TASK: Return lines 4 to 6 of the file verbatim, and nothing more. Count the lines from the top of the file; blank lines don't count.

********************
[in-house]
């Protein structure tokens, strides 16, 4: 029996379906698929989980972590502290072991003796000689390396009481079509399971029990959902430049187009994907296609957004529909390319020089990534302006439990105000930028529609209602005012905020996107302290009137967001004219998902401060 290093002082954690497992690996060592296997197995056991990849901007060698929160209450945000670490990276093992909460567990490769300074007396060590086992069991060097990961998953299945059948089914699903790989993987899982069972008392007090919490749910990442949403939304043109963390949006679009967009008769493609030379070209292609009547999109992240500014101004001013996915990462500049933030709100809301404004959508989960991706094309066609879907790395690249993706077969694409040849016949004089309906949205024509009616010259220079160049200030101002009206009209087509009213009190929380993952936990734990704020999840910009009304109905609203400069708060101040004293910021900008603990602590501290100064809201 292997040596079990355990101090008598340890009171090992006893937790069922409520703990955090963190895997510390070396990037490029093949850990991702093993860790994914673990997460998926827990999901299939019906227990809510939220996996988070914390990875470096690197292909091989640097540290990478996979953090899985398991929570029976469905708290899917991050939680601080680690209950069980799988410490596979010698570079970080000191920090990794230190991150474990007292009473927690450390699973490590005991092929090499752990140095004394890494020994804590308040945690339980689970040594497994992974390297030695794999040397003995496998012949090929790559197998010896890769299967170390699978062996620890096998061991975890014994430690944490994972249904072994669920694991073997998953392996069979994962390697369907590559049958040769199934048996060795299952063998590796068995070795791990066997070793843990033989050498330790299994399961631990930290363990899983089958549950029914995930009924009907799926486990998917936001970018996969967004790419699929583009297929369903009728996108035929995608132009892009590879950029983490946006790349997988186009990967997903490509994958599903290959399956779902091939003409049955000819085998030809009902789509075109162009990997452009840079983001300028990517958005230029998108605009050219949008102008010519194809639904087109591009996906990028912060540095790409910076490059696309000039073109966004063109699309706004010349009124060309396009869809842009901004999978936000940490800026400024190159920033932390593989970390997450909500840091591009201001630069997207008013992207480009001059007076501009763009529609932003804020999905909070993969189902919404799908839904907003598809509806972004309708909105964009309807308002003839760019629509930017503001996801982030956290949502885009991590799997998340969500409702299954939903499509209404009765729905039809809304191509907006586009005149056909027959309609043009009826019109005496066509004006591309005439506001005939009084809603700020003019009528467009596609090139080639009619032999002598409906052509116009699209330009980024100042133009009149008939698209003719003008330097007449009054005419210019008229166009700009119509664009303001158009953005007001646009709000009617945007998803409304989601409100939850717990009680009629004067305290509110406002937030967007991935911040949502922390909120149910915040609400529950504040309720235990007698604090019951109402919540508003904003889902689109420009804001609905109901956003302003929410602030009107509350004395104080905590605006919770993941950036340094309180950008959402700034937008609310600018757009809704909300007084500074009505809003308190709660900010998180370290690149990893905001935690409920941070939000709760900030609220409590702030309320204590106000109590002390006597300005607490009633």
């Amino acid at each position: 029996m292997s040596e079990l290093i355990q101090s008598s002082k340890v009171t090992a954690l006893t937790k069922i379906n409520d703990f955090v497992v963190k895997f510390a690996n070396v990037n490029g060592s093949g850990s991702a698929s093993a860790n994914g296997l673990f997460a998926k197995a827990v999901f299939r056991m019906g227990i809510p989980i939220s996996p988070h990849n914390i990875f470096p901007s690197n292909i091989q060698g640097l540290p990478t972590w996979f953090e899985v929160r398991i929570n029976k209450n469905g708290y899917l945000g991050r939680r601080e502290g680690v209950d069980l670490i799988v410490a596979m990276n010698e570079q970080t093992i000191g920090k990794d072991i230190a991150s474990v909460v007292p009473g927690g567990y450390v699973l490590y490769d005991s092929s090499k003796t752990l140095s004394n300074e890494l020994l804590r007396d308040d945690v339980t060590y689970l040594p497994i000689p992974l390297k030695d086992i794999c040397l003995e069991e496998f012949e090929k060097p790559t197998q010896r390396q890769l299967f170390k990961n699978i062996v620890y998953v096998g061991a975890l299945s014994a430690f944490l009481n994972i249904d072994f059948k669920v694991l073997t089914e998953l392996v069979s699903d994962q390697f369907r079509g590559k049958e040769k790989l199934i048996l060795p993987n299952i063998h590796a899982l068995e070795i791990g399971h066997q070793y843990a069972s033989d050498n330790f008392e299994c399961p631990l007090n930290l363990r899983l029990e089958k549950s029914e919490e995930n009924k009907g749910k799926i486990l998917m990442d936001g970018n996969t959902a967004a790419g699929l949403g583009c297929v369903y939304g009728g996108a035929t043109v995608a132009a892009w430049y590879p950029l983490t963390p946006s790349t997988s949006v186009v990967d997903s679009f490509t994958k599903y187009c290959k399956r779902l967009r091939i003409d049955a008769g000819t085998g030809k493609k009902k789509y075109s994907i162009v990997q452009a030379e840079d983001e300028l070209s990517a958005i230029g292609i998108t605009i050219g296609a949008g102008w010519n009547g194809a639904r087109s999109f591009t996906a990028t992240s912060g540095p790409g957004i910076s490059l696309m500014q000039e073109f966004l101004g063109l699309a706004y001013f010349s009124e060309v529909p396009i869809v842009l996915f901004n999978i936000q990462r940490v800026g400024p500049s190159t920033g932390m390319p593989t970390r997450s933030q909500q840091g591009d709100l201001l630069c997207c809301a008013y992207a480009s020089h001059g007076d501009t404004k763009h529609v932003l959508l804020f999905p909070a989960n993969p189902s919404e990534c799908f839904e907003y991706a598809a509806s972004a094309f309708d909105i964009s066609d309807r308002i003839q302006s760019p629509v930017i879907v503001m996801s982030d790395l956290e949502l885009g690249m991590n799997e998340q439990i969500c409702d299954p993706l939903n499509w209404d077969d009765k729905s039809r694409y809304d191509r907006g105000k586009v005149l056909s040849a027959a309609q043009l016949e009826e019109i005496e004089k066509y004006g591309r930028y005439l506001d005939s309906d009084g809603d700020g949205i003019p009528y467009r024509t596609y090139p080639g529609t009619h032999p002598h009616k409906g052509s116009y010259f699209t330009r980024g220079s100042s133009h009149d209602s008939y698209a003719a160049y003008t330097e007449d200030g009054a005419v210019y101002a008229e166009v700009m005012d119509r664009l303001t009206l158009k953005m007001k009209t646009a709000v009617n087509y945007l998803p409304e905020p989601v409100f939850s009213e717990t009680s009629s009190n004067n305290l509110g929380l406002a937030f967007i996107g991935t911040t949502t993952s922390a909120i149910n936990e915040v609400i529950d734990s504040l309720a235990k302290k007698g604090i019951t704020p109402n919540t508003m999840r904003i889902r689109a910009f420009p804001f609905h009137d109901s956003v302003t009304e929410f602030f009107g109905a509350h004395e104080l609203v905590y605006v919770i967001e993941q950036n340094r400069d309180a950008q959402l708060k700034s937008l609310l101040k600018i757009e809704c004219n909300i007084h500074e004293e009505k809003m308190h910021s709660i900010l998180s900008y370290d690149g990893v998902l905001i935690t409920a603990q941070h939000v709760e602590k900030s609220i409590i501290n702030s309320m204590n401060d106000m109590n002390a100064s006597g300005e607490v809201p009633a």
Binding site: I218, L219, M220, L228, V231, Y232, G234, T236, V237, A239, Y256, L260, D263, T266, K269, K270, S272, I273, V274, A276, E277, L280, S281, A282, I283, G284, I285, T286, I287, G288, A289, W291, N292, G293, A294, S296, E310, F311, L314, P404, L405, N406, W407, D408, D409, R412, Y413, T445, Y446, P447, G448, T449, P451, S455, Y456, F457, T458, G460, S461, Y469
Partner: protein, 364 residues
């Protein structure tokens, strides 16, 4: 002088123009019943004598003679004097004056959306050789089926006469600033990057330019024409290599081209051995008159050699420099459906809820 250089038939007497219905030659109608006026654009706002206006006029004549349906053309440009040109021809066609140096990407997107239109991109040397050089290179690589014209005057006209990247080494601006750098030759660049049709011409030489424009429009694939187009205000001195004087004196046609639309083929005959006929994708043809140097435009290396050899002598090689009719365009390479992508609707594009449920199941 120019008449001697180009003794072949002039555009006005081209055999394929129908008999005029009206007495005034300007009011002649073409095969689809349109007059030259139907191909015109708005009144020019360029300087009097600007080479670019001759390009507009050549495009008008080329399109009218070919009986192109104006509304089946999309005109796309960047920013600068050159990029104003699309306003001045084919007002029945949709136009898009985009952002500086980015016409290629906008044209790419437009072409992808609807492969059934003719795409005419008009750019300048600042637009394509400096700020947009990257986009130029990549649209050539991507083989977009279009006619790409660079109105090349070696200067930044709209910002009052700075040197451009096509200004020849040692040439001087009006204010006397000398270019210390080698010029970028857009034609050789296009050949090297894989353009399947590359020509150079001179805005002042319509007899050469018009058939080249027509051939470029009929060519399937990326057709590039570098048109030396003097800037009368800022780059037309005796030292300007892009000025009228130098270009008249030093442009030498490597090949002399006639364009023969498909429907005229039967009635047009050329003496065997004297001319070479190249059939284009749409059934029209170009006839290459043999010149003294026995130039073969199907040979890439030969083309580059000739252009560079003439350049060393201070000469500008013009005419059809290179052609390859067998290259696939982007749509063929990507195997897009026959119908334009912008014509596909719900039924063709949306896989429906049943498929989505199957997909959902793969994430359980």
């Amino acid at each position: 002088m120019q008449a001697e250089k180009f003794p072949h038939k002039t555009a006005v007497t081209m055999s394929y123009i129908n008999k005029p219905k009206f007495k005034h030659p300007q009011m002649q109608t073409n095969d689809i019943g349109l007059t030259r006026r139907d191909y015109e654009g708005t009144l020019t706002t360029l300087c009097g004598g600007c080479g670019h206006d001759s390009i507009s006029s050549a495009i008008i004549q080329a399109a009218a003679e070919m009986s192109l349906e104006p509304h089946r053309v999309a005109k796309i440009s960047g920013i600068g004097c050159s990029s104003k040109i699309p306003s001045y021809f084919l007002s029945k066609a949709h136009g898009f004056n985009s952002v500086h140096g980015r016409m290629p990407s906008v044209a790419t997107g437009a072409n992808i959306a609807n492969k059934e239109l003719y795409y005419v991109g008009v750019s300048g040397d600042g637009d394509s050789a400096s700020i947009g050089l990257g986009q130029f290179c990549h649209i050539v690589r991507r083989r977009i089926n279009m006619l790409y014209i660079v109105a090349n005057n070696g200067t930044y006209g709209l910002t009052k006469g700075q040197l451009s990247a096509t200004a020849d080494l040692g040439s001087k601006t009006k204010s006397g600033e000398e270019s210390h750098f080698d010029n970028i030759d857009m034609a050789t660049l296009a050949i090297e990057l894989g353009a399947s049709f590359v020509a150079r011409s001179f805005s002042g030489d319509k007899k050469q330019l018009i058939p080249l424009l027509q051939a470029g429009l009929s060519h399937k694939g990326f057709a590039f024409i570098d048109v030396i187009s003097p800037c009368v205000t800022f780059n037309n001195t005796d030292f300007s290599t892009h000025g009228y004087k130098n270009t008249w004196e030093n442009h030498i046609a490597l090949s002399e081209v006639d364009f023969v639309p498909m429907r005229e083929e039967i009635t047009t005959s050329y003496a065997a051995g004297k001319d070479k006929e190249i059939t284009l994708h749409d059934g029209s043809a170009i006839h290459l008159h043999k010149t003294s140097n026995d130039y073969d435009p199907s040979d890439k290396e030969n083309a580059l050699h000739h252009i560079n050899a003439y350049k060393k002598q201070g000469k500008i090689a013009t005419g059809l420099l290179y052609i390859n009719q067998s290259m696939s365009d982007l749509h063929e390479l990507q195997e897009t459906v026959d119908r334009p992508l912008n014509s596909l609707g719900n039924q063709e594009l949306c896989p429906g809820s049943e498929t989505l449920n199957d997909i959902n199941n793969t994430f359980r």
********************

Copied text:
Binding site: I218, L219, M220, L228, V231, Y232, G234, T236, V237, A239, Y256, L260, D263, T266, K269, K270, S272, I273, V274, A276, E277, L280, S281, A282, I283, G284, I285, T286, I287, G288, A289, W291, N292, G293, A294, S296, E310, F311, L314, P404, L405, N406, W407, D408, D409, R412, Y413, T445, Y446, P447, G448, T449, P451, S455, Y456, F457, T458, G460, S461, Y469
Partner: protein, 364 residues
């Protein structure tokens, strides 16, 4: 002088123009019943004598003679004097004056959306050789089926006469600033990057330019024409290599081209051995008159050699420099459906809820 250089038939007497219905030659109608006026654009706002206006006029004549349906053309440009040109021809066609140096990407997107239109991109040397050089290179690589014209005057006209990247080494601006750098030759660049049709011409030489424009429009694939187009205000001195004087004196046609639309083929005959006929994708043809140097435009290396050899002598090689009719365009390479992508609707594009449920199941 120019008449001697180009003794072949002039555009006005081209055999394929129908008999005029009206007495005034300007009011002649073409095969689809349109007059030259139907191909015109708005009144020019360029300087009097600007080479670019001759390009507009050549495009008008080329399109009218070919009986192109104006509304089946999309005109796309960047920013600068050159990029104003699309306003001045084919007002029945949709136009898009985009952002500086980015016409290629906008044209790419437009072409992808609807492969059934003719795409005419008009750019300048600042637009394509400096700020947009990257986009130029990549649209050539991507083989977009279009006619790409660079109105090349070696200067930044709209910002009052700075040197451009096509200004020849040692040439001087009006204010006397000398270019210390080698010029970028857009034609050789296009050949090297894989353009399947590359020509150079001179805005002042319509007899050469018009058939080249027509051939470029009929060519399937990326057709590039570098048109030396003097800037009368800022780059037309005796030292300007892009000025009228130098270009008249030093442009030498490597090949002399006639364009023969498909429907005229039967009635047009050329003496065997004297001319070479190249059939284009749409059934029209170009006839290459043999010149003294026995130039073969199907040979890439030969083309580059000739252009560079003439350049060393201070000469500008013009005419059809290179052609390859067998290259696939982007749509063929990507195997897009026959119908334009912008014509596909719900039924063709949306896989429906049943498929989505199957997909959902793969994430359980």